Attendance at this year’s conference is triple what it was when it began two years ago and community leaders will discuss the economic impact of quality early childhood education and how the pandemic has widened what was already a significant gap in availability of quality care.
A recent report by First Five Nebraska and the University of Nebraska-Lincoln Bureau of Business Research showed that gaps in child care availability cost Nebraska families up to $489 million a year in household income from missed work, reduced hours and in some cases parents forgoing higher-paying positions or quitting their jobs.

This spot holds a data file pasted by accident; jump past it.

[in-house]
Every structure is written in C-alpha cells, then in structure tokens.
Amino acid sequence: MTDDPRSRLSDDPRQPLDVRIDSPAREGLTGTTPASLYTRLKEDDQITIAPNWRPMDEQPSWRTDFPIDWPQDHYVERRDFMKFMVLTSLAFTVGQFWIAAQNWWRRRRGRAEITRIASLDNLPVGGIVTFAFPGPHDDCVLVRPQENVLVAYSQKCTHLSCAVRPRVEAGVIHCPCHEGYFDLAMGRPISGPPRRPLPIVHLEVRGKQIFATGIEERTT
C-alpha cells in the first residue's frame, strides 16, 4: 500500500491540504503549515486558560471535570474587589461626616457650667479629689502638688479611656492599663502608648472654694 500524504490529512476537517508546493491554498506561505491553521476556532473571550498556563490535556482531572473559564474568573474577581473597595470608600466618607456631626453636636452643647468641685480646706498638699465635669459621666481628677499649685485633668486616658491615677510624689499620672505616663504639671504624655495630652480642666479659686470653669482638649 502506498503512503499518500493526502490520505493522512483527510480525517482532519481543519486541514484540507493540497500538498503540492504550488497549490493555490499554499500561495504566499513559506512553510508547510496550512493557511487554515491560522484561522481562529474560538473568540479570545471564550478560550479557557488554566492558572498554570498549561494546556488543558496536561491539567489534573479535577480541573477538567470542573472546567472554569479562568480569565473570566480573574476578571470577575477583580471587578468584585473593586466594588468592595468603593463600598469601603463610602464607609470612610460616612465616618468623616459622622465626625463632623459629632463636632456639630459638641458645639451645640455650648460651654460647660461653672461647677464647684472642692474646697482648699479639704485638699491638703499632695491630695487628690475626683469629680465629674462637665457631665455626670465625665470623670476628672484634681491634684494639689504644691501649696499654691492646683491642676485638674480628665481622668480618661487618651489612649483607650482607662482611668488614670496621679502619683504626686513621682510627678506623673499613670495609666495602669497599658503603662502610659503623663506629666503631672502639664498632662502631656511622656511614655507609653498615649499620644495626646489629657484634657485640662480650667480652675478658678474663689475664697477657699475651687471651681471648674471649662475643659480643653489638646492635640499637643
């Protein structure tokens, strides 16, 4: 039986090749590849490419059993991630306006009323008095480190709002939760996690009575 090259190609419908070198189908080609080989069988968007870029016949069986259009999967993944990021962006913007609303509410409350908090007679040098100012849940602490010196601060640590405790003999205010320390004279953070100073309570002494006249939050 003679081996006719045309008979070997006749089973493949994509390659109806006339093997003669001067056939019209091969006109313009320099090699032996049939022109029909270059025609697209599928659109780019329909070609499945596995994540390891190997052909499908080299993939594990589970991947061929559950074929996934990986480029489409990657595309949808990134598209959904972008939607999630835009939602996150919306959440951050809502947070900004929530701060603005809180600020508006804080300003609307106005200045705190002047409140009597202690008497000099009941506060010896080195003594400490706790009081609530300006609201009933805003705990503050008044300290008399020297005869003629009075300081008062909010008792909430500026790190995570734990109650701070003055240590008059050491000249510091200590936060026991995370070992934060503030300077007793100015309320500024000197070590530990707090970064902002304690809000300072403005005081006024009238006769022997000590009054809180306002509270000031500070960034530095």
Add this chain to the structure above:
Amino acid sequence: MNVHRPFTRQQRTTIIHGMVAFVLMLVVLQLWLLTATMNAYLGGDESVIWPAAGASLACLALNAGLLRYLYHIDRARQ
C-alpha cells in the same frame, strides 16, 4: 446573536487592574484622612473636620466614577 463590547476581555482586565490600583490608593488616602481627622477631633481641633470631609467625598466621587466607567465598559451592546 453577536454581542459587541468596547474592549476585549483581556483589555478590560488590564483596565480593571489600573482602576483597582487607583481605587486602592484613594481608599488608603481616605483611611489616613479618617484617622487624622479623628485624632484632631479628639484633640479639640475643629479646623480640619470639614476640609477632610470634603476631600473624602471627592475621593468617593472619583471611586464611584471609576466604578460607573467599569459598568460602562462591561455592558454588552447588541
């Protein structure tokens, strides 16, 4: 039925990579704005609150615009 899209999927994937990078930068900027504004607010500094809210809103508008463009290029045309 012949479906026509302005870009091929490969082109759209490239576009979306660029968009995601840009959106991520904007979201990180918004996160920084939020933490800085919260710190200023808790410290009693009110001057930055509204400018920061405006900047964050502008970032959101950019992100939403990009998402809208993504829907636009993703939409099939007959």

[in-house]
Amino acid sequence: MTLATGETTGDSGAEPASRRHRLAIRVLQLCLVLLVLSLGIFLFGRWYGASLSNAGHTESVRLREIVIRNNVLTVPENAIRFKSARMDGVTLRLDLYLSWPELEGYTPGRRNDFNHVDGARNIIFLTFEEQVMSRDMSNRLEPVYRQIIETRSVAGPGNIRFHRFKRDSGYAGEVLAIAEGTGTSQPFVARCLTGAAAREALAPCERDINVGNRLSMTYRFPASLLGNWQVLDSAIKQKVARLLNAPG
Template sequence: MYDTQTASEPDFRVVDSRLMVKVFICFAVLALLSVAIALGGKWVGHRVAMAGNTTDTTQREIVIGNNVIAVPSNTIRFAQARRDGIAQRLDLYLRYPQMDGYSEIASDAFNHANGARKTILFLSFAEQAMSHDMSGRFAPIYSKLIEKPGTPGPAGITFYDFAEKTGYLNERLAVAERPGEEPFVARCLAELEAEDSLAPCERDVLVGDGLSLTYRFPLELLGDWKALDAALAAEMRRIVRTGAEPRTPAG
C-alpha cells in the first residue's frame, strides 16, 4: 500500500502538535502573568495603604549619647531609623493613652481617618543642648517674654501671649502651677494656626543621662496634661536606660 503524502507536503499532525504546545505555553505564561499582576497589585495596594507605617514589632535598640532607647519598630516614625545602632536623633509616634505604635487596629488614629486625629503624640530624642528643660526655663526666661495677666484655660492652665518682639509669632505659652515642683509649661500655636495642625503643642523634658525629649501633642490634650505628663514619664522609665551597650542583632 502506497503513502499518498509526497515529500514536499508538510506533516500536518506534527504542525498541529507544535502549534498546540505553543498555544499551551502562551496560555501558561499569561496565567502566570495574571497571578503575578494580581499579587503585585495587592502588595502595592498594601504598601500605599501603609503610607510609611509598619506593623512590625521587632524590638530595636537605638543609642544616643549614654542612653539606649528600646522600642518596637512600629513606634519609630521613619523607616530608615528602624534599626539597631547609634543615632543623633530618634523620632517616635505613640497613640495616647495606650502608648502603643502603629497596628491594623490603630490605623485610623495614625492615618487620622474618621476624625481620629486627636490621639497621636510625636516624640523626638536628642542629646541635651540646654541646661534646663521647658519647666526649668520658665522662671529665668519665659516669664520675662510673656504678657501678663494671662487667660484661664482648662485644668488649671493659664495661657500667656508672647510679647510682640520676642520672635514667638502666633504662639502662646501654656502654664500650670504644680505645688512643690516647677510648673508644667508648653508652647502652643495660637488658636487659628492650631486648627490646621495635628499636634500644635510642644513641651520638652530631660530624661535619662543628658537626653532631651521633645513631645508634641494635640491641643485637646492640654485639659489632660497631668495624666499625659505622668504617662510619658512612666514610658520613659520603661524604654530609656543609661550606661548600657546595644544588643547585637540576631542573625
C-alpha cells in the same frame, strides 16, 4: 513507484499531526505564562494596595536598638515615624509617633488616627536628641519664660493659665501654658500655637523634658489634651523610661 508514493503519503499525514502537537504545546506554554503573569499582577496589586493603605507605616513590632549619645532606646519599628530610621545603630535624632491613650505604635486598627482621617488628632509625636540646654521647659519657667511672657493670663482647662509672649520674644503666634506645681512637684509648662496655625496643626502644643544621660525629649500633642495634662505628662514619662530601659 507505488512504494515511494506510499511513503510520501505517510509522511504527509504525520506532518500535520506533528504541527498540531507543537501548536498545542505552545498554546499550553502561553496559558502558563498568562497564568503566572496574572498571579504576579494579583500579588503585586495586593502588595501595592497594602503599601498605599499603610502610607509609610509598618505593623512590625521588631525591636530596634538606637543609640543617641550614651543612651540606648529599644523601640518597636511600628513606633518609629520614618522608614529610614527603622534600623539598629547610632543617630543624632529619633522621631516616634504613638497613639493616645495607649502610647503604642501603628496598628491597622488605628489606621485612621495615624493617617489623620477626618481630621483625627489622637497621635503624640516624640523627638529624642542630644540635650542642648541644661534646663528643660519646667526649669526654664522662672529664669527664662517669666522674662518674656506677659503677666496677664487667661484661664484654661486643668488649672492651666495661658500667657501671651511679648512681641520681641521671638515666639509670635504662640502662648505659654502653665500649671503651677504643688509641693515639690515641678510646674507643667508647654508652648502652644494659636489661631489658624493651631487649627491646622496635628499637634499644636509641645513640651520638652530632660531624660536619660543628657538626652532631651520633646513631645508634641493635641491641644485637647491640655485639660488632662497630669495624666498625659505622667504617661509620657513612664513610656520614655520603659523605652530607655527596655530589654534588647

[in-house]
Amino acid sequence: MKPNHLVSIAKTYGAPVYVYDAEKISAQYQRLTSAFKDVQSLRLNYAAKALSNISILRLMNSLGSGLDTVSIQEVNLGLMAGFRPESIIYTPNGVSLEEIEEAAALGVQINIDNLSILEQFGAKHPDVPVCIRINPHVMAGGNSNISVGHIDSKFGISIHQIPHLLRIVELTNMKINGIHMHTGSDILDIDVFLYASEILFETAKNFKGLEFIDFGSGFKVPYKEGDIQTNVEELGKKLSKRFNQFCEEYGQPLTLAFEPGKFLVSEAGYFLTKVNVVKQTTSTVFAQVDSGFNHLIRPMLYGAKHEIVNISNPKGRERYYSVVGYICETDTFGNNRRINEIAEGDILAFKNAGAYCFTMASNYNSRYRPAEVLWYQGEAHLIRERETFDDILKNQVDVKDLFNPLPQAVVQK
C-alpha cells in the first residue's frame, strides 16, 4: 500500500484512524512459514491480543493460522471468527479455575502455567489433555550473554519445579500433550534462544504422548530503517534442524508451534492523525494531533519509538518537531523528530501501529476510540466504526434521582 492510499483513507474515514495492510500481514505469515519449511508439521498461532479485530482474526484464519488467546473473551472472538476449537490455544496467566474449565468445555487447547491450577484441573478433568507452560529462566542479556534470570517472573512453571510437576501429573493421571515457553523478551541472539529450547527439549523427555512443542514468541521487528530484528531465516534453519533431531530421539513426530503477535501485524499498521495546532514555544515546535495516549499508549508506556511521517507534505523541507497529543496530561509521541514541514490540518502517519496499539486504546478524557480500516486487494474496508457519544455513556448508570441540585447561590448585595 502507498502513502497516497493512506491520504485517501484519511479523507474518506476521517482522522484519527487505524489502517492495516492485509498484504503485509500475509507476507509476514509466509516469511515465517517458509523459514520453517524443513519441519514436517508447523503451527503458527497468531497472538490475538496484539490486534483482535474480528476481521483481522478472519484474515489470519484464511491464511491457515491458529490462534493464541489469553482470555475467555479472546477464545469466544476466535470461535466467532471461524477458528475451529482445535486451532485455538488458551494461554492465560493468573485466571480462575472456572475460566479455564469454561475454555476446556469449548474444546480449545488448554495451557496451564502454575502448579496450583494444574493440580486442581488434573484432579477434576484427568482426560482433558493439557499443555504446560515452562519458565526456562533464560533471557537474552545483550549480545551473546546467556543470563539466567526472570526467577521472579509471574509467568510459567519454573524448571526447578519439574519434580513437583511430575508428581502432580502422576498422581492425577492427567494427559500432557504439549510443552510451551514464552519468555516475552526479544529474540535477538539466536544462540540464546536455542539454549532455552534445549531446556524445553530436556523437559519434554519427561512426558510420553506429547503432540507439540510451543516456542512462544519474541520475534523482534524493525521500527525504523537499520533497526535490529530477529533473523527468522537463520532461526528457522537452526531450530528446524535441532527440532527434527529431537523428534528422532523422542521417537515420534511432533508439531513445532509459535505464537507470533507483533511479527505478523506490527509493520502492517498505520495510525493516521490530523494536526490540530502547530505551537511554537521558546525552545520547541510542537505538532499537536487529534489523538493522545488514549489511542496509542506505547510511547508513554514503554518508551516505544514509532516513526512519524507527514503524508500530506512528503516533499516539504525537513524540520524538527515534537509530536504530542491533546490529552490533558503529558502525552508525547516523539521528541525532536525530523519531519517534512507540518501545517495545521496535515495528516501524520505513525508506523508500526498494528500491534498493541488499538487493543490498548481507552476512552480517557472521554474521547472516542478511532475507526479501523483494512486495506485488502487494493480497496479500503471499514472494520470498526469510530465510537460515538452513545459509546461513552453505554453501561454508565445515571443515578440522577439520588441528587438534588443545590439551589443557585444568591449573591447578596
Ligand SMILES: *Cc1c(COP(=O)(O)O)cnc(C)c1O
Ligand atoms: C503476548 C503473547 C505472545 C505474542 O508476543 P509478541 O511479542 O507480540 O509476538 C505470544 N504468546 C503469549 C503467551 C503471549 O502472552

The study also concluded that the lack of child care options for families reduced state tax revenues by $21 million a year.
Child care workers are underpaid, exploited and extremely important, Meisels said.
“I think what we are trying to do is to say that we are not going in the right direction,” he said. “At the very best, pre-COVID, we were fairly static.”